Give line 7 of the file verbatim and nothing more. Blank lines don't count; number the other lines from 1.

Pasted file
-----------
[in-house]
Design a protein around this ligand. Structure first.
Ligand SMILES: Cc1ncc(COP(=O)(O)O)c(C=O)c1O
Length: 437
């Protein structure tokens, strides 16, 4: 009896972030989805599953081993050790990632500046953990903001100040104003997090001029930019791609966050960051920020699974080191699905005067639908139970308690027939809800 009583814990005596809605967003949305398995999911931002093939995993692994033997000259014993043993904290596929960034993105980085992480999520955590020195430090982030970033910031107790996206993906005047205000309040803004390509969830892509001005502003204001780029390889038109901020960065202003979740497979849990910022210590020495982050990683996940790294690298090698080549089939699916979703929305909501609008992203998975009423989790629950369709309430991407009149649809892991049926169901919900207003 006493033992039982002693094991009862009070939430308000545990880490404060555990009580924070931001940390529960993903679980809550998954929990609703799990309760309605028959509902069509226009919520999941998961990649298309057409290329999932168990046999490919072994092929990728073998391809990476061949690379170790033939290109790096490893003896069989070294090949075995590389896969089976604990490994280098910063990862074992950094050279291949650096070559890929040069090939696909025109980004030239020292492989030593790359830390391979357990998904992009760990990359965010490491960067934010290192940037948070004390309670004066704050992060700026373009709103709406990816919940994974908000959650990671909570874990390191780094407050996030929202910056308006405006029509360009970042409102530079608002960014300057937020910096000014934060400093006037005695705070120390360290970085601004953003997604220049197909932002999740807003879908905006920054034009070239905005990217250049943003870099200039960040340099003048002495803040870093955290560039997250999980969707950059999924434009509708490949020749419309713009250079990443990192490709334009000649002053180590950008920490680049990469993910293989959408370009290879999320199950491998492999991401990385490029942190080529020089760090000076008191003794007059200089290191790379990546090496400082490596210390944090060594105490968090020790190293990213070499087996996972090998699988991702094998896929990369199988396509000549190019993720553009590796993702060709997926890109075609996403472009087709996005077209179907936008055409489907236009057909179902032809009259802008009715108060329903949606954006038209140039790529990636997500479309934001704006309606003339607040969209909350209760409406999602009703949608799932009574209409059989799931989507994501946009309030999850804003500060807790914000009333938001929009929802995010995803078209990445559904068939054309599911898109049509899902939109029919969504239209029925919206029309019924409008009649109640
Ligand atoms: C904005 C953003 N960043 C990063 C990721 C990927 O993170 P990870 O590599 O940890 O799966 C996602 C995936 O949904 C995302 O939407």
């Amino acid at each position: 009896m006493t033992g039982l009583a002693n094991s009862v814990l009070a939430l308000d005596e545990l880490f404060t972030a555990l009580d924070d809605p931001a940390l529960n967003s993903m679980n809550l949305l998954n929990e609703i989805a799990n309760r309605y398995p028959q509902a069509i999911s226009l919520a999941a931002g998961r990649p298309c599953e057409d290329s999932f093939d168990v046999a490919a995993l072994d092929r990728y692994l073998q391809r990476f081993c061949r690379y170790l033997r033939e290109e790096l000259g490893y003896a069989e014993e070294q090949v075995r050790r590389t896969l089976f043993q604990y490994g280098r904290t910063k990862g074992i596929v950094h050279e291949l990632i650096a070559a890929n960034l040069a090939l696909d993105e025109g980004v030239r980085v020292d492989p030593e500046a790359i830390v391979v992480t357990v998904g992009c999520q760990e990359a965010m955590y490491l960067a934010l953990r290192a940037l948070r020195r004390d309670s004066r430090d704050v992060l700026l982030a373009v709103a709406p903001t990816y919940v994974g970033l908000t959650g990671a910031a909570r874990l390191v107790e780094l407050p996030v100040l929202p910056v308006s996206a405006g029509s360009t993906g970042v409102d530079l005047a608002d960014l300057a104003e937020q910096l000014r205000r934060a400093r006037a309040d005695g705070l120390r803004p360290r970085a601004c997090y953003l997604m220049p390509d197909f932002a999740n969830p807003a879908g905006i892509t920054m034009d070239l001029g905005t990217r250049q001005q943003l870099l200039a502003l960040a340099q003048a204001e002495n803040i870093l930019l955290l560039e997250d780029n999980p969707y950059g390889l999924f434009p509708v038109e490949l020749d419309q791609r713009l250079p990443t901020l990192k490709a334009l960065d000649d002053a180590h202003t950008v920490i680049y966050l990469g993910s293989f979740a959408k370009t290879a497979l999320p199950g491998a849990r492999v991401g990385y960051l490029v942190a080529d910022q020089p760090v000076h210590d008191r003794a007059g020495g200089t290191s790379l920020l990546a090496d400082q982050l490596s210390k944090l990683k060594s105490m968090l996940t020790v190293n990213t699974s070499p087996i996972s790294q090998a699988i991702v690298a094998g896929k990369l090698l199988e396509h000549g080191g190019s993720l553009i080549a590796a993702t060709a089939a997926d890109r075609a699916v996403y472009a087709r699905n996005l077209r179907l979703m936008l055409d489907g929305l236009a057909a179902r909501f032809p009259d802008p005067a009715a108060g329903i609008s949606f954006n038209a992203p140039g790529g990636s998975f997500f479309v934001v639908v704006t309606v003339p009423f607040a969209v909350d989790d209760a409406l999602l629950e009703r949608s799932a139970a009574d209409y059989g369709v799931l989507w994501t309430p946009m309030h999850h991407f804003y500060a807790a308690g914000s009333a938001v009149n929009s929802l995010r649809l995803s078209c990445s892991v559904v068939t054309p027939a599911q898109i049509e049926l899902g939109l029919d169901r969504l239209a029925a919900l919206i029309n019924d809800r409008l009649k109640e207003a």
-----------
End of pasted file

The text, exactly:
């Amino acid at each position: 009896m006493t033992g039982l009583a002693n094991s009862v814990l009070a939430l308000d005596e545990l880490f404060t972030a555990l009580d924070d809605p931001a940390l529960n967003s993903m679980n809550l949305l998954n929990e609703i989805a799990n309760r309605y398995p028959q509902a069509i999911s226009l919520a999941a931002g998961r990649p298309c599953e057409d290329s999932f093939d168990v046999a490919a995993l072994d092929r990728y692994l073998q391809r990476f081993c061949r690379y170790l033997r033939e290109e790096l000259g490893y003896a069989e014993e070294q090949v075995r050790r590389t896969l089976f043993q604990y490994g280098r904290t910063k990862g074992i596929v950094h050279e291949l990632i650096a070559a890929n960034l040069a090939l696909d993105e025109g980004v030239r980085v020292d492989p030593e500046a790359i830390v391979v992480t357990v998904g992009c999520q760990e990359a965010m955590y490491l960067a934010l953990r290192a940037l948070r020195r004390d309670s004066r430090d704050v992060l700026l982030a373009v709103a709406p903001t990816y919940v994974g970033l908000t959650g990671a910031a909570r874990l390191v107790e780094l407050p996030v100040l929202p910056v308006s996206a405006g029509s360009t993906g970042v409102d530079l005047a608002d960014l300057a104003e937020q910096l000014r205000r934060a400093r006037a309040d005695g705070l120390r803004p360290r970085a601004c997090y953003l997604m220049p390509d197909f932002a999740n969830p807003a879908g905006i892509t920054m034009d070239l001029g905005t990217r250049q001005q943003l870099l200039a502003l960040a340099q003048a204001e002495n803040i870093l930019l955290l560039e997250d780029n999980p969707y950059g390889l999924f434009p509708v038109e490949l020749d419309q791609r713009l250079p990443t901020l990192k490709a334009l960065d000649d002053a180590h202003t950008v920490i680049y966050l990469g993910s293989f979740a959408k370009t290879a497979l999320p199950g491998a849990r492999v991401g990385y960051l490029v942190a080529d910022q020089p760090v000076h210590d008191r003794a007059g020495g200089t290191s790379l920020l990546a090496d400082q982050l490596s210390k944090l990683k060594s105490m968090l996940t020790v190293n990213t699974s070499p087996i996972s790294q090998a699988i991702v690298a094998g896929k990369l090698l199988e396509h000549g080191g190019s993720l553009i080549a590796a993702t060709a089939a997926d890109r075609a699916v996403y472009a087709r699905n996005l077209r179907l979703m936008l055409d489907g929305l236009a057909a179902r909501f032809p009259d802008p005067a009715a108060g329903i609008s949606f954006n038209a992203p140039g790529g990636s998975f997500f479309v934001v639908v704006t309606v003339p009423f607040a969209v909350d989790d209760a409406l999602l629950e009703r949608s799932a139970a009574d209409y059989g369709v799931l989507w994501t309430p946009m309030h999850h991407f804003y500060a807790a308690g914000s009333a938001v009149n929009s929802l995010r649809l995803s078209c990445s892991v559904v068939t054309p027939a599911q898109i049509e049926l899902g939109l029919d169901r969504l239209a029925a919900l919206i029309n019924d809800r409008l009649k109640e207003a």